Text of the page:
In our hurry-hurry world, the hush of a pristine overnight snowfall or the healing happies of a warm hug often go underappreciated. What better time than Thanksgiving to not just count our blessings but fully savor them surrounded by family and friends.
Nigel Hamilton, British-born biographer, academic, and broadcaster, has reflected that “Thanksgiving is a time of togetherness and gratitude,” and the ways we can creatively share and give thanks are near-endless.
Family is at the heart of the holidays, but “family” comes in many forms including our friends, neighborhoods, and communities. A Turkey Day- dedicated website, www.thanksgiving.com, is hosted by Thanksgiving & Co., billing itself as “America’s Home for the Holidays.” They offer a fun list of “9 Family Activities for Thanksgiving Day,” including those for “after dinner.” A few of the 9 are “volunteer together” at a place such as the Salvation Army or homeless shelter by providing or serving a meal, design a scavenger hunt through the backyard or neighborhood with gift cards or treats as prizes, and flip through family photo albums where you “gather grandparents and the kids for some storytelling.”
In 2016 the site Dumb Little Man “Tips for Life,” posted “20 Fun Things You Can Do with Family on Thanksgiving.” They include participating in a round of “I Love My Family Because,” where you “gather round as family and have each person share what they love about the family.” Or maybe stage a silly dance contest or kids’ talent show. Yet another sweet idea is creating Our Family Tree, in which you “have everyone imprint a fingerpainted handprint on a big sheet of paper with their name underneath. You can have it framed or take a picture of it to share with everyone.” To add to the idea of “tree,” you might want to place the handprints inside stenciled leaves.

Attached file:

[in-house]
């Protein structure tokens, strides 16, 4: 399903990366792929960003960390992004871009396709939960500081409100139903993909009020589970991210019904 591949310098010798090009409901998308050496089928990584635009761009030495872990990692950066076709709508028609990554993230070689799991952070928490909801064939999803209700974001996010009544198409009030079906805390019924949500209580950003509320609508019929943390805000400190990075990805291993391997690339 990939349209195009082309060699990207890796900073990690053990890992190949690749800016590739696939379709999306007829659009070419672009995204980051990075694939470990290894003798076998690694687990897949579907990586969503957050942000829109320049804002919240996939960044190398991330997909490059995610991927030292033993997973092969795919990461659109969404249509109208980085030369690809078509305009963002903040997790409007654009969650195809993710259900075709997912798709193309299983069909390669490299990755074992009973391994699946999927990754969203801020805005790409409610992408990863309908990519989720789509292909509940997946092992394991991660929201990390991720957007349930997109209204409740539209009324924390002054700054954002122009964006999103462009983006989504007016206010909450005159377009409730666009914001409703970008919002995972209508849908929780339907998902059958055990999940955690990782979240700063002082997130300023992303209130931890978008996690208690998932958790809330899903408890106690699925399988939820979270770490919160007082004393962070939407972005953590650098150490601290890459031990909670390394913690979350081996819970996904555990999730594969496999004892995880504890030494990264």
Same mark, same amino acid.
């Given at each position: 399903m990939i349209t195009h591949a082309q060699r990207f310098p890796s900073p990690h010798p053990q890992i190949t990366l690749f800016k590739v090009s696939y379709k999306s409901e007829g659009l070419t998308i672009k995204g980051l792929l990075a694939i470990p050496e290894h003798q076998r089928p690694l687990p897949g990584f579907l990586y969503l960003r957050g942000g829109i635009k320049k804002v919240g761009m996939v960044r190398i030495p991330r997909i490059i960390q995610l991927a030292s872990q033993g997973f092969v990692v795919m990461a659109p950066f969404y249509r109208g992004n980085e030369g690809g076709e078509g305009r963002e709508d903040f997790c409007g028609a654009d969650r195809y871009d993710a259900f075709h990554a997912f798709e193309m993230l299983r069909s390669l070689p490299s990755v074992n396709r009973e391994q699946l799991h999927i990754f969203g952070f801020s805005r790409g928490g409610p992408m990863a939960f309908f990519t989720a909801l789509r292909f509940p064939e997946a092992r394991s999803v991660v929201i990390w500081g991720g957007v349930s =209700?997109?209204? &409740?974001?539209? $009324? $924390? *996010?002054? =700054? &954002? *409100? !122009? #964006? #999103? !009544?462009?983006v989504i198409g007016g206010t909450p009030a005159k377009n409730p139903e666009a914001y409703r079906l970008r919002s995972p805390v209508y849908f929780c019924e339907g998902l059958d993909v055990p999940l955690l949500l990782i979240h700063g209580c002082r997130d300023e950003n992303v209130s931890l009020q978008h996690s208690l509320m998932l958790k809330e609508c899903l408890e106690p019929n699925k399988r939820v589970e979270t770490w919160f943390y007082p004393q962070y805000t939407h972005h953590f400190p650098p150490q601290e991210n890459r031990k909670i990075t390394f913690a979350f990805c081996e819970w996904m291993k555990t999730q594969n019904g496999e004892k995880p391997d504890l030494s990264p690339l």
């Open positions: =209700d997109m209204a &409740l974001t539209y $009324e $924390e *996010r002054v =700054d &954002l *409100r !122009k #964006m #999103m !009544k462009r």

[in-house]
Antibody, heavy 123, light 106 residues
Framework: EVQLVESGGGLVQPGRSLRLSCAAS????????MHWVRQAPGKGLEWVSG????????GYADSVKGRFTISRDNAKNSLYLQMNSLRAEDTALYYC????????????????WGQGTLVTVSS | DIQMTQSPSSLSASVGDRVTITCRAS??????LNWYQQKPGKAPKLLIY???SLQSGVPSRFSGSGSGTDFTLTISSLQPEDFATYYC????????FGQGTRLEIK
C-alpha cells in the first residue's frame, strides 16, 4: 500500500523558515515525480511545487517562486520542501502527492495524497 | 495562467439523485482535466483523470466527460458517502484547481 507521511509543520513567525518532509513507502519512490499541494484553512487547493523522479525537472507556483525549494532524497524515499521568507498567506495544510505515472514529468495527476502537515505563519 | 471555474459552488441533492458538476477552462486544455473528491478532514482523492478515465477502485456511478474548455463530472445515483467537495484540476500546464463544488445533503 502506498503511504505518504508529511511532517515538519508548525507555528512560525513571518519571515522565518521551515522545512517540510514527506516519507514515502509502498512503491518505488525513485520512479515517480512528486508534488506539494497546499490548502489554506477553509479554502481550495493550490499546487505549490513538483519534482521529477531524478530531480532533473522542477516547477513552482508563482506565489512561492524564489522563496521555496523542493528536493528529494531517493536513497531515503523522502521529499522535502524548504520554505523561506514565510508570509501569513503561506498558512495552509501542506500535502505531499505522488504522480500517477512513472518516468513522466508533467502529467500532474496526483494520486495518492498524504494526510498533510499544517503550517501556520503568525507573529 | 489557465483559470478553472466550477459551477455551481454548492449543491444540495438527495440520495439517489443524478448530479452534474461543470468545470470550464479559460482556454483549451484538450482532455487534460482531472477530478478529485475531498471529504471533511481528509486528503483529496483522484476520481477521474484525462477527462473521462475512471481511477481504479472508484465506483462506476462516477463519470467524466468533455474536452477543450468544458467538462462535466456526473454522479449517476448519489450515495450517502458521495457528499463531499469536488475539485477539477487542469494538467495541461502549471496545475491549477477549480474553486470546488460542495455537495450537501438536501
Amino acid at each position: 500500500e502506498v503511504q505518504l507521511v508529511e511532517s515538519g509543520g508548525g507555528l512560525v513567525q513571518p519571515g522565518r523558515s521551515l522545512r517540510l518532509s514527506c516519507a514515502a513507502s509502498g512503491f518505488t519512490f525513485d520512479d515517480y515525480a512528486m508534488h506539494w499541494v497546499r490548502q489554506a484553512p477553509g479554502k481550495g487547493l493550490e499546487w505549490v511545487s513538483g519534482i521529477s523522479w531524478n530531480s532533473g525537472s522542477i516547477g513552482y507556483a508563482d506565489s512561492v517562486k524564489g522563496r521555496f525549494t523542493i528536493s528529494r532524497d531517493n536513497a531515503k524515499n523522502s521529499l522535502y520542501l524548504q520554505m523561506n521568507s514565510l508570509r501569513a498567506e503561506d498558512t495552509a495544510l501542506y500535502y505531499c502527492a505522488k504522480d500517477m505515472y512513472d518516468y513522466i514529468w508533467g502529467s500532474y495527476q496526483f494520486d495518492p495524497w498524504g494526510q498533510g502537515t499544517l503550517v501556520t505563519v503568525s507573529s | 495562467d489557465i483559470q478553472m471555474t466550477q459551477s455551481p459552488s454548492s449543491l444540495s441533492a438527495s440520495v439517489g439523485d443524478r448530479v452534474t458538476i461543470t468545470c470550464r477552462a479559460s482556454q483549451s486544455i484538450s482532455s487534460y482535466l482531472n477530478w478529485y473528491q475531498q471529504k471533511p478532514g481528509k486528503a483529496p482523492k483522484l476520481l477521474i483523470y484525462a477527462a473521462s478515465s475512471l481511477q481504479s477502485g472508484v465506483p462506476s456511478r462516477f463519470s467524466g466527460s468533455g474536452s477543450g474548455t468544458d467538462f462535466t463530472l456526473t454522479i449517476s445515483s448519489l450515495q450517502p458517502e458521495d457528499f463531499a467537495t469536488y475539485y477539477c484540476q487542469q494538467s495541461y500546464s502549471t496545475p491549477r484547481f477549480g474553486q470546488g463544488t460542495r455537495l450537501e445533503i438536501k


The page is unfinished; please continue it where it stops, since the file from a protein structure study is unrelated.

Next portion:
Focus on the Family presents some adorable, faith-based activities for Thanksgiving sorted by age. One for ages 4-7 that now would be the time to get started on, is creating a custom table cloth for serving Thanksgiving dinner on. They urge mom and dad to break out the crayons or markers, then “allow each child to draw their own artwork depicting a thankful day.” Later on in the Big Day, “play a game of ‘Alphabet Thanks,’ where children draw from a bow of letters, and then tell God thanks for something that begins with the letter they picked.”
Along those same lines—and for roughly the same age group—is the rollicking little “Count Your Blessings” song, available as an MP3 download. Think of it as a 3-in-1: kids give thanks, learn to count, and channel their energy in exuberant praise. “Now it’s time to think of what you’re thankful for when you pray,” including “8 for the food that’s on my plate, 9 I’m feeling fine.” What a great song to sing while starting a day or getting dinner ready. It’s like saying grace in a brand-new way.
Thanksgiving is often considered the start of the in-earnest countdown to Christmas, so to keep the spirit going, grab a joyful 3-pack of Bible-Themed Readiness Mini Board Books: Go-Togethers, Opposites, and Matching. With every turn of the page, skills, imagination, and love of reading will grow. Durable pages with rounded corners are designed for little hands to easily manage. Use the trio to start building excitement on Thanksgiving or save them for an ideal stocking stuffer.
We tend to think of screen time as a solitary pursuit, but that need not be an absolute. For example, kids 3-7 will love Little Scholar® Mini because it's ready to play right out of the box, has fun, engaging content, and is just the right size for little hands. It’s great as a Christmas gift or a way to keep kids learning during holiday prep. Plus, it has lots of games and activities that can be played solo or with a sibling or mom and dad, and parents can track kids’ play and engage them with questions about what they have learned.
Indoors and out, contemporary or traditional, this year think through the possibilities for a Thanksgiving served up on a platter full of love, learning, and joy.